As Brexit Britain redefines its role in the EU and wider world is design a real priority? Dr Paul Stead argues that using design and design thinking as competitive weapons has never been more important.
With “Brexit meaning Brexit” – but ‘Brexit’ lacking definition – UK plc is left wondering what the future holds.
Whatever happens, manufacturers will have to navigate uncharted waters while continuing to keep their production lines running.
For now there is much business as usual, but this is laced with greater uncertainty. And with uncertainty comes risk; with risk comes the danger of inertia and a lack of innovation.
So, although ‘design matters’ in many people’s minds, it is not currently top of their list. New developments are being delayed until the future is clearer because many have a narrow view of design as the creative expression of the product, service or brand.
There is another perspective, the emergence of design thinking, which puts design at the heart of decision-making.
Currently, few consider using design as a strategic tool to visualise alternative business strategies or to plot the course of a business, let alone to imagine new areas where business can play, win, and discover future profits.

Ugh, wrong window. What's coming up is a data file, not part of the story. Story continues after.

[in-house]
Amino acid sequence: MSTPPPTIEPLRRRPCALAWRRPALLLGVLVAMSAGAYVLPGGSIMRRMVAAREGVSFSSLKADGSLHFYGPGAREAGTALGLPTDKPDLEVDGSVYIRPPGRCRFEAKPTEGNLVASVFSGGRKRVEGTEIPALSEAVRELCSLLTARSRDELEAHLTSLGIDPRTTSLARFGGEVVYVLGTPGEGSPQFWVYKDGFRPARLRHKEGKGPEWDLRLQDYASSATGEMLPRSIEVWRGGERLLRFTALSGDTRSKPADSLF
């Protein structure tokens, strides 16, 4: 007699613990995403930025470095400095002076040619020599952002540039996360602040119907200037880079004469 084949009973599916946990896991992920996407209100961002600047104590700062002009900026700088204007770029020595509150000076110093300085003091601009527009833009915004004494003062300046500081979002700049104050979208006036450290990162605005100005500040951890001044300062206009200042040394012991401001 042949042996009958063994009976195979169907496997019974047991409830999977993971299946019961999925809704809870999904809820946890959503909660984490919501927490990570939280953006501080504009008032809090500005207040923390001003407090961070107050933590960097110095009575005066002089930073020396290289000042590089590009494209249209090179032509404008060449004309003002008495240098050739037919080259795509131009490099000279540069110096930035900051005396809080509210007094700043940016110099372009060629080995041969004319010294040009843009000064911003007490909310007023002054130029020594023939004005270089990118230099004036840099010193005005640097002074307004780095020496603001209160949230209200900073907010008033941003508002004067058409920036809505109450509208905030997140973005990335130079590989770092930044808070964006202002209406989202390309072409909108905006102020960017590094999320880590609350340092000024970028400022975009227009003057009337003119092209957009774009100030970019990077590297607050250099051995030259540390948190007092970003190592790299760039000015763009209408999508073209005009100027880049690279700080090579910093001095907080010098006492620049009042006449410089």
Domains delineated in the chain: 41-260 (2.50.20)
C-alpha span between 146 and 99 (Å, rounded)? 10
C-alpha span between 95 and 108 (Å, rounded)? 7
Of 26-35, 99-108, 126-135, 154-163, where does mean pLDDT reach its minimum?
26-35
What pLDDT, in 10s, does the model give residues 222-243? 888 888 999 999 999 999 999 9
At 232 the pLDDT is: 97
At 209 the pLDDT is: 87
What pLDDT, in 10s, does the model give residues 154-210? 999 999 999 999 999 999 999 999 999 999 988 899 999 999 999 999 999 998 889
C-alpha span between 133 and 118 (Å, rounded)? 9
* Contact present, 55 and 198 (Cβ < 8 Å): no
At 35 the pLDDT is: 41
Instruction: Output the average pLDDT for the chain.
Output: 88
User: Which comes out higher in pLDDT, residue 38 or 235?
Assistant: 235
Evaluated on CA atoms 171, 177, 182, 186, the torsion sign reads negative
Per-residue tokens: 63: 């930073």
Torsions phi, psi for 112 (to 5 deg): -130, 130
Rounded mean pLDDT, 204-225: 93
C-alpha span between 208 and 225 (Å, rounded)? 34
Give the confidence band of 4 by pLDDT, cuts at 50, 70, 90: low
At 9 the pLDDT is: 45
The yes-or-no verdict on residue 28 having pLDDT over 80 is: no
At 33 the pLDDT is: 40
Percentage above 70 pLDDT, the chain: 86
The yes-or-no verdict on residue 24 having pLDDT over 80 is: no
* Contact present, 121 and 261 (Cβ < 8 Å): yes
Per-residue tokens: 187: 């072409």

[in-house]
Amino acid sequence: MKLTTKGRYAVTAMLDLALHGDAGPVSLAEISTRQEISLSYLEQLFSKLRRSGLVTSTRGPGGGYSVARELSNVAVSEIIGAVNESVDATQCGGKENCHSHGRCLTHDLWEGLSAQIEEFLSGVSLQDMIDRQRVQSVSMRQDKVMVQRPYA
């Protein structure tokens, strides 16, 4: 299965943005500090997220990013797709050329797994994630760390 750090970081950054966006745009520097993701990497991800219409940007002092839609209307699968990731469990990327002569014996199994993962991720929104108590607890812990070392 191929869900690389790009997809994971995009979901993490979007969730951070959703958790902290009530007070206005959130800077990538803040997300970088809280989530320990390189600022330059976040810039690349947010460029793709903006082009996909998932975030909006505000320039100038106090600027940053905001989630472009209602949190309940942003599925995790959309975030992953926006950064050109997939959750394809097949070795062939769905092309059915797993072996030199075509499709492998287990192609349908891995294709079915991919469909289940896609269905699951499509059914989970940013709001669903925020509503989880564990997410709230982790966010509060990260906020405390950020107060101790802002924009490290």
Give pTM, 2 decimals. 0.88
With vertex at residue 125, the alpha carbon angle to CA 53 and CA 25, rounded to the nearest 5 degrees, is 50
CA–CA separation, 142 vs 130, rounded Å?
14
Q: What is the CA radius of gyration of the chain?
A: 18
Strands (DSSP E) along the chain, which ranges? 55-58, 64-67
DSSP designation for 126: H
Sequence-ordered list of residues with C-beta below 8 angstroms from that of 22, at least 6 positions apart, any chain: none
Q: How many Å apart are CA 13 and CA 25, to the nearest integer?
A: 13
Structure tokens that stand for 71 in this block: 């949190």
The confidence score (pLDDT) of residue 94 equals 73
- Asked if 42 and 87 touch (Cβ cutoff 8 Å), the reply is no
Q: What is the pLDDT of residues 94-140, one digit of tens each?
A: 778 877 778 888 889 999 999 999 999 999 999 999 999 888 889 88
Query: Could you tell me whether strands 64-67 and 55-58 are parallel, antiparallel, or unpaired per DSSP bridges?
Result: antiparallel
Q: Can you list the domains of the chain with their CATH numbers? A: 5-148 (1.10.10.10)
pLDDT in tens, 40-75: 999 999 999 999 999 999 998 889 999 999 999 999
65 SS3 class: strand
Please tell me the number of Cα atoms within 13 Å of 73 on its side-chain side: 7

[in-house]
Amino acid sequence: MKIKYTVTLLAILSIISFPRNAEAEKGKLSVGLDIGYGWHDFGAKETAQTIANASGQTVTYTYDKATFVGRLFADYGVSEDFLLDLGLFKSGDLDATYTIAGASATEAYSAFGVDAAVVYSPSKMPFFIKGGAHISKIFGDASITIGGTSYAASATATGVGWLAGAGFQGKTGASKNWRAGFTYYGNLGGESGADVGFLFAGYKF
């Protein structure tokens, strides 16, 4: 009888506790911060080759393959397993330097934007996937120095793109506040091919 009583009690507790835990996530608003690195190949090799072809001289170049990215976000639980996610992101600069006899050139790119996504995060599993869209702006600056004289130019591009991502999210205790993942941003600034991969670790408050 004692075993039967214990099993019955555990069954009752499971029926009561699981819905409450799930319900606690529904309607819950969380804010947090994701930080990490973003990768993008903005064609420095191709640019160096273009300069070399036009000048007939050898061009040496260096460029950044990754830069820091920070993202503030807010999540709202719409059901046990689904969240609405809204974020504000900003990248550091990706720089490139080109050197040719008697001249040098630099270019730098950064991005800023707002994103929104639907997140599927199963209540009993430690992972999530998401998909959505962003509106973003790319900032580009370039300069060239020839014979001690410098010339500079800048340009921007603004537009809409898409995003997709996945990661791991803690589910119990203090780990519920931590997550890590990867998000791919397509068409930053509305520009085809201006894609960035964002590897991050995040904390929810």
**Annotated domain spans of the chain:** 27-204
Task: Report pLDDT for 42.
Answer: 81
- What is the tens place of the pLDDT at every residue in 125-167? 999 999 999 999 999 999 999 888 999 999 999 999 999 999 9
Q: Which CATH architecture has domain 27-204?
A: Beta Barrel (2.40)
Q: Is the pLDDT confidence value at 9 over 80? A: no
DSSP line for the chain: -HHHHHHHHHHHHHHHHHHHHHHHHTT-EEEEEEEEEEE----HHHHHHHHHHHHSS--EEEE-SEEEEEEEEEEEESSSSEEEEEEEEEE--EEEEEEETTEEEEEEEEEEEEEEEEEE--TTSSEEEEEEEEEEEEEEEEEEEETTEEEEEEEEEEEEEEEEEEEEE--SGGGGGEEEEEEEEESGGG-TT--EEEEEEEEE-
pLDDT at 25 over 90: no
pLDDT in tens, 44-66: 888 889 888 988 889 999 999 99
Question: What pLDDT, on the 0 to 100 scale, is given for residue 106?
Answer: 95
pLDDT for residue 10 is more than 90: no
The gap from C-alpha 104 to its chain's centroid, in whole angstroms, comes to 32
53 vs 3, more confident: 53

Design thinking is more human, iterative and collaborative than traditional approaches to decision making. It requires moving away from the tactical, in order to understand strategic motivations and gain insights into needs through user empathy.
Design thinking has a bias to action; it utilises quick, iterative prototype cycles – less for validation, and more for probing and indicating direction.
An exemplar is Battle of Britain command and control centres, where massive amounts of information were absorbed and presented in real time, enabling rapid management decisions to be reached.
Today’s CAD-CAM and VR/augmented reality systems use considerably updated visualisation techniques, but all too often they remain the domain of engineering, design and manufacturing, rather than as tools to enhance overall business performance.
Design and business strategy should go hand in hand, and design thinking should percolate through all aspects of business, from the way teams are built, projects managed, and marketplaces understood, to gaining key insights into ecosystems and customers, co-creating with customers and understanding competitive threats.
The key point is that when people join together in the design process to achieve a goal, they can overcome bigger challenges and find original ways forward.
Designing growth and productivity
Over the next year, I will use this column to share insights and methodologies to explain how my design thinking has developed, and how the Brewery Group has used design strategically to help clients grow, enter new markets, drive profitability and unlock productivity.
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